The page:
Can ‘Make in India’ work?

Why India is not going to be the next China – or anything like China ever

By Kanti Bajpai – Prime Minister Narendra Modi promised he would promote a ‘Make in India’ revolution. Nearly four years later, a manufacturing revolution is nowhere in sight. Make in India was supposed to not just boost manufacturing, it was also supposed to generate employment. Estimates show there has been virtually no jobs growth.

To be a manufacturing power, a country needs a strong state which identifies niche areas, supports them and encourages innovation. It enforces contracts and property rights. It also provides public goods including law and order and an efficient bureaucracy.

Nobody would pretend that the Indian state is anywhere near being a strong state. It is often violent and despotic, but that is a measure of its weakness, not its strength.

India has no history of industrial-scale innovation – no world historical inventions that it has scaled up.

It is a trading nation and a nation that does well in areas that requires delicate craftsmanship and care, areas that are (for want of a better word) human in scale. It is also a nation that does well in providing services. It could, with better laws, incentives, and technology, be competitive in tourism, hospitality, fintech, and international education and healthcare – areas where human beings still count, where more personalized attention matters and where machines and scale are less important. more>


American lessons for India

By neglecting science and public welfare, the US is losing the marathon in some respects
By Dipankar Gupta – We look up to America for a number of good reasons. But there are a few cautionary tales as well, especially in the area of public spending.

The US, however, rarely looks outside its borders, east or west, for ideas. The Midwest, the country’s navel, is where it gazes most often. This is where elections are won or lost, and where homebred culture and cars are made.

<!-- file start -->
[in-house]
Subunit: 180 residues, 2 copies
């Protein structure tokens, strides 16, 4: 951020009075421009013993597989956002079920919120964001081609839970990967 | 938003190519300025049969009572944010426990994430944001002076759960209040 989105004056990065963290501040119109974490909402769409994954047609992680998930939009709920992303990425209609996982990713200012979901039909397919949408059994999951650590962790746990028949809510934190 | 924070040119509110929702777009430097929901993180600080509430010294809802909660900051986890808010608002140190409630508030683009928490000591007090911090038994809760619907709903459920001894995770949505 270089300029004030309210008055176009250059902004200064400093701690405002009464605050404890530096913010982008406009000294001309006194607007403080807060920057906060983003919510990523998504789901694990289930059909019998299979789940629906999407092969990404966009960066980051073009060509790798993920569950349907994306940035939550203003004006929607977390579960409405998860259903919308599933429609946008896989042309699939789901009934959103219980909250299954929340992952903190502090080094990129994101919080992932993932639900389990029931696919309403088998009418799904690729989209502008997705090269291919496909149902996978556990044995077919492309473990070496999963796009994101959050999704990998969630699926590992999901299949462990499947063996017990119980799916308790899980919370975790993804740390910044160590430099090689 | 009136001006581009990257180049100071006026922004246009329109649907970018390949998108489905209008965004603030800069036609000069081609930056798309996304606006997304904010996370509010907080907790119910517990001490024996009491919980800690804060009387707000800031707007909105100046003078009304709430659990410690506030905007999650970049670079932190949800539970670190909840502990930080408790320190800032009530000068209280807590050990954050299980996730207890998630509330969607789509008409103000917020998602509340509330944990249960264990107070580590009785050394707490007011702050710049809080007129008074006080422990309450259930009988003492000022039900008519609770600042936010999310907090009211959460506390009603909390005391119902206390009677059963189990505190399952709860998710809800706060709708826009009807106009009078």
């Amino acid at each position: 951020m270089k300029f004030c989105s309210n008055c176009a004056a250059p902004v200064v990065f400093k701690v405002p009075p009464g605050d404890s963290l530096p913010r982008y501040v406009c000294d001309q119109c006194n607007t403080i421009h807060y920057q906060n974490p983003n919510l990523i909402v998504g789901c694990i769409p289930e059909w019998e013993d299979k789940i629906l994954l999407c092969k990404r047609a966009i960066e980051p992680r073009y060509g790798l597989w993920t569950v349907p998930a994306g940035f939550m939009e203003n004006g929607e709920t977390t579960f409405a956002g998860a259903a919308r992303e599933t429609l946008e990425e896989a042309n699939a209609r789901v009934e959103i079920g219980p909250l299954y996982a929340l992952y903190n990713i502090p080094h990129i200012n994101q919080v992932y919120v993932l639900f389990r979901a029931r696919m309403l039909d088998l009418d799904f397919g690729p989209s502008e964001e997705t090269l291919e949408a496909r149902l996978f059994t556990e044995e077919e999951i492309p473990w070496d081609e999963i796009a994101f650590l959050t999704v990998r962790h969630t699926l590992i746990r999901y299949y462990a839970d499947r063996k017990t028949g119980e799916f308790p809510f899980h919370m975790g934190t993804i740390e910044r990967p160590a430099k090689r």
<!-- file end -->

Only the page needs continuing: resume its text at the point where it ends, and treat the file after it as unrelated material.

Between 2000 and 2017 there have been as many as 25 train mishaps in the US, prompting the head of Amtrak to confess that the latest crash is a “wake up call”. It took 60 years, between 1940 to 1999, for 25 train accidents to happen, but only 15 years since to clock that number.

This graphically demonstrates how rapidly public railways have declined in America. We are not starting on the subject of the 56,000 US bridges that need urgent repair. This may sound and taste like India, but we are still talking America.

According to Mark Reutter of Progressive Policy Institute, in the first 13 years after 1956, as much as 46,350 km of interstate roadways were built and, tragically, 95,600 km of rail tracks taken out. In an ironic coincidence, 1956 was also the year when Japan started planning its high speed trains.

Railways have never won state support in the US after their heydays in the 1930s and 1940s. Politicians complain that trains will never make money, so why fund them? In Europe, the calculations are very different.

For example France’s prestigious, high speed TGV train service makes regular losses but gets government money anyway because the public benefits from it.

Not only does TGV reduce travel time, its wide network has also brought booms to towns, like Lille, that had gone bust in the 1950s. China’s high speed train system is also not a financial success, but the country is going ahead with planning a 500 kmph railway system anyway. more>


Ban, mandatory, compulsory: Three vile words increasingly define the modus operandi of India’s ruling politicians

By Ravi Shanker Kapoor – Something is rotten in the statecraft of India. Nothing else explains why three words – ‘ban,’ ‘mandatory,’ and ‘compulsory’ – are most widely used in not only governance and politics but also in public discourse. And not just the words; bans and mandatory requirements are also increasingly becoming a reality in what is supposedly the biggest democracy of the world.

The formulaic, quintessential Left-liberal explanation for this is simple: under Prime Minister Narendra Modi, the fascist proclivities of Hindutva are asserting themselves; hence the increasing use of coercive measures. QED.

But Modi didn’t invent coercion, mandatory measures and other illiberal practices. For instance, the draconian Section 66A was added to the Information Technology Act by the Congress-led United Progressive Alliance government; the incumbent regime supported it in the court, though.

BJP’s ideology and agenda are different from those of the grand old party. But its methodology is still defined by the three obnoxious words: ban beef, make Sanskrit and Vande Mataram compulsory in Rajasthan schools, make it mandatory for people to stand up while the national anthem is played, etc. Any resistance to and criticism of such measures is dismissed with disdain.

Persuasion, discussion, debate and compromise are and should be the hallmarks of a liberal democracy.

Why is it so? The primary reason is that governance, which is essentially a process involving a great deal of assiduity and patience, has been reduced to a hodgepodge of events, rhetoric, and clever messaging. more>